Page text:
Baxter - BV4831 84 F3 1830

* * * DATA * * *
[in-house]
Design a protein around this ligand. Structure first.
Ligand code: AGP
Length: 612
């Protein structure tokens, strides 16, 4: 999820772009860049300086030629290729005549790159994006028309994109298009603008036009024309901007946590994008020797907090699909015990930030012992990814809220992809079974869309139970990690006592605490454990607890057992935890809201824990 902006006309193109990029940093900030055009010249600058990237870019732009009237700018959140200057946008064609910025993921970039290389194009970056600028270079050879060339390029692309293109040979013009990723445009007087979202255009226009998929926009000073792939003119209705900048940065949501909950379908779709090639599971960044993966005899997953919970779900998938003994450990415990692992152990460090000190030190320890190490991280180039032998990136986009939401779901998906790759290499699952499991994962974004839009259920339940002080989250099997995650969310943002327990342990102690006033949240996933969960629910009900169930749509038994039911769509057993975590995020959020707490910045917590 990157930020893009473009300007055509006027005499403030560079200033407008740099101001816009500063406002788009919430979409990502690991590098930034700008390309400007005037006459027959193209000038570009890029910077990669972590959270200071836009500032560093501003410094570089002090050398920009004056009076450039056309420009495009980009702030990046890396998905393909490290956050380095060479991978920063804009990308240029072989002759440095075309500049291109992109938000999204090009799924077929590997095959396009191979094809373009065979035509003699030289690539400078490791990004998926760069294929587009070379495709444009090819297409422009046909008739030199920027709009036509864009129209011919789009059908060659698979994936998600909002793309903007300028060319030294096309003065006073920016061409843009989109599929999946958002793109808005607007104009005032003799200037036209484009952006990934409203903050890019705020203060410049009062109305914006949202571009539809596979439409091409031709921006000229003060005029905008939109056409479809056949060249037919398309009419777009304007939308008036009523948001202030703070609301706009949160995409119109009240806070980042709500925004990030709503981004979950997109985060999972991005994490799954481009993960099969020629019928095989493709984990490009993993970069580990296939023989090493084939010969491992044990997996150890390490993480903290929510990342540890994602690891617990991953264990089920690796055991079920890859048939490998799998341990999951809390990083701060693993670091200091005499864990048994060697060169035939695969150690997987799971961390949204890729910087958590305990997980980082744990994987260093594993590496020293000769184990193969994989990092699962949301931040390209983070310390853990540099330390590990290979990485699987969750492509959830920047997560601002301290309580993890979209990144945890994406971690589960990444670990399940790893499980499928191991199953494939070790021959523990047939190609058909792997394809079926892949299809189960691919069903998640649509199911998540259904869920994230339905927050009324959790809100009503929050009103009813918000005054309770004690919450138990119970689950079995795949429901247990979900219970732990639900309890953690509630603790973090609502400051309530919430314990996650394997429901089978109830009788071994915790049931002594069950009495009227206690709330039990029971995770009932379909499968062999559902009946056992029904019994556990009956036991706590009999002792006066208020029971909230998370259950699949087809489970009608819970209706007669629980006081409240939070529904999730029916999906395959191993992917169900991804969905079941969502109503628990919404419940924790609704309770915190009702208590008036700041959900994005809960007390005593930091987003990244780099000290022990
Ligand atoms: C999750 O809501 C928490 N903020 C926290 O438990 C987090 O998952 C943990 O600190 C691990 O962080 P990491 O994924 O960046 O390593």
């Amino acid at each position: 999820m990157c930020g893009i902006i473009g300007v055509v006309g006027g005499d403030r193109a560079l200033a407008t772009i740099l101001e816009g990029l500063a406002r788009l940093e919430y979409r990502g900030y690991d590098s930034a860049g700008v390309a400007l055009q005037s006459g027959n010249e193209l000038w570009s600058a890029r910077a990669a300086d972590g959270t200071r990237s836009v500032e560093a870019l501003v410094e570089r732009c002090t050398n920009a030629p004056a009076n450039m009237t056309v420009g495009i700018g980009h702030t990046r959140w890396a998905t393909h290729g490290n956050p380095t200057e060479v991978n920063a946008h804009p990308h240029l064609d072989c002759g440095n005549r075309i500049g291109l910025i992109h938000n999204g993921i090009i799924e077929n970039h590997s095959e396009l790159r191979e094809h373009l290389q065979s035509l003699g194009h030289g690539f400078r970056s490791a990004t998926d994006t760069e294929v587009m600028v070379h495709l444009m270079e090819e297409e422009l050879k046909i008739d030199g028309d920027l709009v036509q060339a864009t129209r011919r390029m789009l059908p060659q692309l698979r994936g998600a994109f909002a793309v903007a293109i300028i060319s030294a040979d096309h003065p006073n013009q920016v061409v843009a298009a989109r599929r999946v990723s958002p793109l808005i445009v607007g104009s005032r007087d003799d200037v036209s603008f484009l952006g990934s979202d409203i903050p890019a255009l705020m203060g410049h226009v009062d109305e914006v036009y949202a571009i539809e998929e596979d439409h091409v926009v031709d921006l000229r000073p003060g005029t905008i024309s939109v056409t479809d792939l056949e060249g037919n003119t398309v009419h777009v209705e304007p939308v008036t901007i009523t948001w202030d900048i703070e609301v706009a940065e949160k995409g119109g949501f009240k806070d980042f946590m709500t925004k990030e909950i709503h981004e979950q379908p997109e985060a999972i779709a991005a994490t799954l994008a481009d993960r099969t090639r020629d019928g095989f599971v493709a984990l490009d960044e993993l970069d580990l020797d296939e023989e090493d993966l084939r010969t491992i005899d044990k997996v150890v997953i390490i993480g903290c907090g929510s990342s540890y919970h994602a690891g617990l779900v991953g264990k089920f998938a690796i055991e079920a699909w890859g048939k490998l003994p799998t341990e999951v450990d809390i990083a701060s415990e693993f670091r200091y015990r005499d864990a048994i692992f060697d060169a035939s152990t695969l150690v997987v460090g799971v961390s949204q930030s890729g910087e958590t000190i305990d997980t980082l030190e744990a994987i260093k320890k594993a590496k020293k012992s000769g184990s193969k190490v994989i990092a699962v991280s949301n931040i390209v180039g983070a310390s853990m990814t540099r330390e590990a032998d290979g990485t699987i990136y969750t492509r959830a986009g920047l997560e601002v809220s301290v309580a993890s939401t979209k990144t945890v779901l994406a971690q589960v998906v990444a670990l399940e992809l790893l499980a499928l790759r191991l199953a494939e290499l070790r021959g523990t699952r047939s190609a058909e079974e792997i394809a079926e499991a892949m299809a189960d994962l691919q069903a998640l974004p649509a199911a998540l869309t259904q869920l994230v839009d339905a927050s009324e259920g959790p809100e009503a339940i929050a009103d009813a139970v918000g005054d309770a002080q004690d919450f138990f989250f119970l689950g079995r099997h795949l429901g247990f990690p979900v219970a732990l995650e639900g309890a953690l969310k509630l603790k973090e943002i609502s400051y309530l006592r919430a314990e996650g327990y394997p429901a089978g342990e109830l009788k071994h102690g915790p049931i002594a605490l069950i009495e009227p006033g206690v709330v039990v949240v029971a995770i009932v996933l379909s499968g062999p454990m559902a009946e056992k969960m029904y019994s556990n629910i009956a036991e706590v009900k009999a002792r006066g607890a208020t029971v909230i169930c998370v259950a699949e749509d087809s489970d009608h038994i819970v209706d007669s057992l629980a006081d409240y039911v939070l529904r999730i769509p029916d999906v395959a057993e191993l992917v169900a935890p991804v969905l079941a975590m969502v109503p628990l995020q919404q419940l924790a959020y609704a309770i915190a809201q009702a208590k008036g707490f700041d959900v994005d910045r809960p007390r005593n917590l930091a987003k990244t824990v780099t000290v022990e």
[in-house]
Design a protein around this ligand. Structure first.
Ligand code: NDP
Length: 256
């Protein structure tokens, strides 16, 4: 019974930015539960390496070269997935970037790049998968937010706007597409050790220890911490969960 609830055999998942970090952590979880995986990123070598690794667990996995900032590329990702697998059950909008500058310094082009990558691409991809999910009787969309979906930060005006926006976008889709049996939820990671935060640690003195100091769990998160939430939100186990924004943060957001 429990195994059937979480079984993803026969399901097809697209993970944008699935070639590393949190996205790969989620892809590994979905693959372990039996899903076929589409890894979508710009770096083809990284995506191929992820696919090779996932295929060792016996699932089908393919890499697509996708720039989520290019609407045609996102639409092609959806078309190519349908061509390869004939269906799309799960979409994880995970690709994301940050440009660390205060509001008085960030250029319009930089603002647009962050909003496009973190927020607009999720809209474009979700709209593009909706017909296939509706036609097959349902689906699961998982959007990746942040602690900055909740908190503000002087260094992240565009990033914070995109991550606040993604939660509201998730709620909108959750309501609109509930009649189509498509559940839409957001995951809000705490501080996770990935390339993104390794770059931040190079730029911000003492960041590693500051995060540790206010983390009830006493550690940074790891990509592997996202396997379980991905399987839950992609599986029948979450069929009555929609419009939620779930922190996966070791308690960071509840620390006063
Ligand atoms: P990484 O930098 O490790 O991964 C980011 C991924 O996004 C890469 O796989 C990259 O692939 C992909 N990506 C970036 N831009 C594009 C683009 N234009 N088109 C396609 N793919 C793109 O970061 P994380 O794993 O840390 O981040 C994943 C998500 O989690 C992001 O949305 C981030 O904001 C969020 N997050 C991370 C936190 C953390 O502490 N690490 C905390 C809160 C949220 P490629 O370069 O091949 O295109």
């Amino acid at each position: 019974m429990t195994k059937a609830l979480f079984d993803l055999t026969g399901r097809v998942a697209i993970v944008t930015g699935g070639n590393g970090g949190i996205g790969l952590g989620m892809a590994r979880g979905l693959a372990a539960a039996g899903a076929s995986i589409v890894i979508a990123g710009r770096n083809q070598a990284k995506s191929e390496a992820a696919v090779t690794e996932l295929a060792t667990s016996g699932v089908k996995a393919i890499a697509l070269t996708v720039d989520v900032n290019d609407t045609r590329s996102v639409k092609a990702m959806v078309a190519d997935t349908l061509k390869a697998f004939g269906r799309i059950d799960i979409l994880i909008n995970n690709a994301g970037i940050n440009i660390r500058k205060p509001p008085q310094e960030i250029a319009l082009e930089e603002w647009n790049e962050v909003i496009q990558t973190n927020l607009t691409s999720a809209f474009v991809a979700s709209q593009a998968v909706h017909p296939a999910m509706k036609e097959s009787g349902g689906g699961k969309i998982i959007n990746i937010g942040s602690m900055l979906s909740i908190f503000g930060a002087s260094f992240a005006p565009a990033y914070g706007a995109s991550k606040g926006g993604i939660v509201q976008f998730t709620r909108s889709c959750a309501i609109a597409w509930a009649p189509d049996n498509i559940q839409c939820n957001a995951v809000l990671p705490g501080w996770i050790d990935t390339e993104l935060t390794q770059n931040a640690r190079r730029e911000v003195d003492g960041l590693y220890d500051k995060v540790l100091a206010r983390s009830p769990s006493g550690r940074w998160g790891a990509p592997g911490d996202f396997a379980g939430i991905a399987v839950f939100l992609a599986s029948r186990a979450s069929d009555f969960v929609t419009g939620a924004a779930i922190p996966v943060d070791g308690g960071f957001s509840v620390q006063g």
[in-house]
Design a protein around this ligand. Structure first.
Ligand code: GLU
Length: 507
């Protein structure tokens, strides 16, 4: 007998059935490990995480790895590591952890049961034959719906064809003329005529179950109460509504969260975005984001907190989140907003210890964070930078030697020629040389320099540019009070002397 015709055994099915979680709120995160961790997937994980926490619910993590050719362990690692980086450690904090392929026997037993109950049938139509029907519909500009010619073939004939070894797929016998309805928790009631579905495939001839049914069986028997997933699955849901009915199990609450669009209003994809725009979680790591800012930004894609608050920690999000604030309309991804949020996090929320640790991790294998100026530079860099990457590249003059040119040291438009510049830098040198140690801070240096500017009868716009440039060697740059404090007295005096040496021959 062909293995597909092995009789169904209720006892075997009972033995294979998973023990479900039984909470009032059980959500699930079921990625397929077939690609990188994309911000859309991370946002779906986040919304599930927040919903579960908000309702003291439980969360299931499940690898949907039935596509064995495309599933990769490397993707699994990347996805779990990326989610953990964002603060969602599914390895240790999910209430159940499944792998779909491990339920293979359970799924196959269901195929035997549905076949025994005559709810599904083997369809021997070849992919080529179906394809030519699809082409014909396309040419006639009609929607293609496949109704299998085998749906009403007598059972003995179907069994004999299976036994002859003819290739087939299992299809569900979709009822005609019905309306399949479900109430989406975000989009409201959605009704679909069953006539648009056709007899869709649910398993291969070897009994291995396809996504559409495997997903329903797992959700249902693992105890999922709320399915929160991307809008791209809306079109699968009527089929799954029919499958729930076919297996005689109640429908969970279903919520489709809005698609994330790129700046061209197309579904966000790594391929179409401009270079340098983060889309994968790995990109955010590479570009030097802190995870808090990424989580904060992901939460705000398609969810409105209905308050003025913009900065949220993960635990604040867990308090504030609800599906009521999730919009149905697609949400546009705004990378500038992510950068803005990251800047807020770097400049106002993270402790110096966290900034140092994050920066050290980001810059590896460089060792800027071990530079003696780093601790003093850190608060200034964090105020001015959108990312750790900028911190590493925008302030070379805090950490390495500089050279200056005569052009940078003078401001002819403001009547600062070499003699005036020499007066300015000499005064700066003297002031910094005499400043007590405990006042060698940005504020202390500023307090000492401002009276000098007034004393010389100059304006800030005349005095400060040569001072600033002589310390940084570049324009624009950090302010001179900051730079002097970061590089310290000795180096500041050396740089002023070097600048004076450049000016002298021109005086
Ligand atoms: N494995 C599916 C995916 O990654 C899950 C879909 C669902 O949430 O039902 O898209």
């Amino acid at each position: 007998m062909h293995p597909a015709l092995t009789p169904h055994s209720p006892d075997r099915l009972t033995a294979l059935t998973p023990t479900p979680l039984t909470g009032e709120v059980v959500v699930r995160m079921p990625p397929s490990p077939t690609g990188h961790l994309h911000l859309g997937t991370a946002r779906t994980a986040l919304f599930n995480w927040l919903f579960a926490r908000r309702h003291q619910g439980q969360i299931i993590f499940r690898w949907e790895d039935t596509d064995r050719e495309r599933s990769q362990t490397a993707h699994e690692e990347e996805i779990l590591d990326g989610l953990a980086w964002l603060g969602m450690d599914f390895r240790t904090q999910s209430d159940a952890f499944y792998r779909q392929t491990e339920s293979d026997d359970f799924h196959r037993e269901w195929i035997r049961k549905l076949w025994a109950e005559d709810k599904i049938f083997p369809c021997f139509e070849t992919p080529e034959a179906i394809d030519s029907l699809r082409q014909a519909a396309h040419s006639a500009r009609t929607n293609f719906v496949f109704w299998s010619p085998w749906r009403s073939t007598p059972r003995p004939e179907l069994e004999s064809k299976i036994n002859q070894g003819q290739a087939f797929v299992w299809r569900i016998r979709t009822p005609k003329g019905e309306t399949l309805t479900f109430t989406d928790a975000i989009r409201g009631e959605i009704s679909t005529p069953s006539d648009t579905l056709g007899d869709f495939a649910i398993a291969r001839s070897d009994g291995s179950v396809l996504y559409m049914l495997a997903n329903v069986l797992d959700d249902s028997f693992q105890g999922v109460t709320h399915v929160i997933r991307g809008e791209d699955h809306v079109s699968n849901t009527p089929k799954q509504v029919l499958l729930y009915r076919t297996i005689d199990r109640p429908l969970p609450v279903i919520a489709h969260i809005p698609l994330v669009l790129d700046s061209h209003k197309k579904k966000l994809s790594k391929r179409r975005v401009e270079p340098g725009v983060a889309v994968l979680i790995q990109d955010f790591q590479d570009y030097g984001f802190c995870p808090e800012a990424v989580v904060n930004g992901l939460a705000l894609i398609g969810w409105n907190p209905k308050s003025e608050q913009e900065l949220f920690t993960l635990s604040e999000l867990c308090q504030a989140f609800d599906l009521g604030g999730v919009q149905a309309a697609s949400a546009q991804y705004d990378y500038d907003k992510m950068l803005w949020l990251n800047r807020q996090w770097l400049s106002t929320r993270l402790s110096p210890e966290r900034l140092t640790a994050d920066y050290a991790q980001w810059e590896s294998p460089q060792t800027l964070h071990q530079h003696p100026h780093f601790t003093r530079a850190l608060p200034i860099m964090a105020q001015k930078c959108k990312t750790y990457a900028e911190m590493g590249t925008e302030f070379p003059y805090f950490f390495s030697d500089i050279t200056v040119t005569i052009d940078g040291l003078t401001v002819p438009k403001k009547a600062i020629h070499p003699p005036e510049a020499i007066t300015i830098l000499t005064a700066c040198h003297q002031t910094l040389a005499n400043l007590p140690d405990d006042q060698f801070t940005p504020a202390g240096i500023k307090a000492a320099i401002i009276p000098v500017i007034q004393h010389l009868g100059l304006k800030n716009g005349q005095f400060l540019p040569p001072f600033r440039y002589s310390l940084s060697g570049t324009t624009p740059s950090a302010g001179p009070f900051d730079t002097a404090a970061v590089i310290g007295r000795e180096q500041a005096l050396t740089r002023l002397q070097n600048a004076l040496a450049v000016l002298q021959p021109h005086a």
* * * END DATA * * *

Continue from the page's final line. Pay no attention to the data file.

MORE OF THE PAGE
Chap. 2.] FOR THE SAINTS' REST. 31 salmi! If, when he was in the form of a servant, they cry out, " What manner of man is this, that even the winds and the sea obey him ?" what will they say, when they shall see him coming in his glory, and the heavens and the earth obey him ? " Then shall all the tribes of the earth mourn." To think and speak of that day with horror, doth well beseem, the impenitent sinner, but ill the believing saint. Shall the wicked behold him, and cry, 46 Yonder is he whose blood we neglected, whose grace we resisted, whose counsel we refused, whose government we cast off!" and shall not the saints, with inconceivable glad- ness, cry, " Yonder is he whose blood redeemed us, whose Spirit cleansed us, whose law did govern us; in whom we trusted, and he bath not deceived our trust; for whom we long waited, and now we see we have not waited in vain ! O cursed corruption ! that would have, had us turn to the world and present things, and say, Why should we wait for the Lord any longer? Now we see, Blessed are all they that wait for him." And now, Christians, should we not put up that petition heartily, "Thykingdom come ? The Spirit and the bride say, Come: and let him that heareth," and readeth, "say, Come." Our Lord himself says, "Surely I .come quickly. Amen even so, come Lord Jesus." 2. Another thing that leads to paradise is, that great work of Jesus Christ, in raising our bodies from the dust, and uniting them again unto the soul. A wonderful effect of in- finite power and love ! Yea, wonderful indeed, says Un- belief, if it be true. What ! shall all these scattered bones and dust become a man ? Let me with reverence plead for God, for that power whereby I hope to arise. What beareth the massy body of the earth ? What limits the vast ocean of the waters ? Whence is that constant ebbing and flowing of the tides ? Howmany times bigger than all the earth is the sun, that glorious body of light ? Is it not as easy to raise the dead as to make heaven and earth, and all of nothing ? Look not on the dead bones, and dust, and difficulty, but at the promise. Contentedly commit these carcasses to a prison, that shall not long contain them. Let us lie down in peace and take our rest; it will not be an everlasting night, nor endless sleep. If unclothing be the tiling thou fearest, it is that thou mayest have better cloth-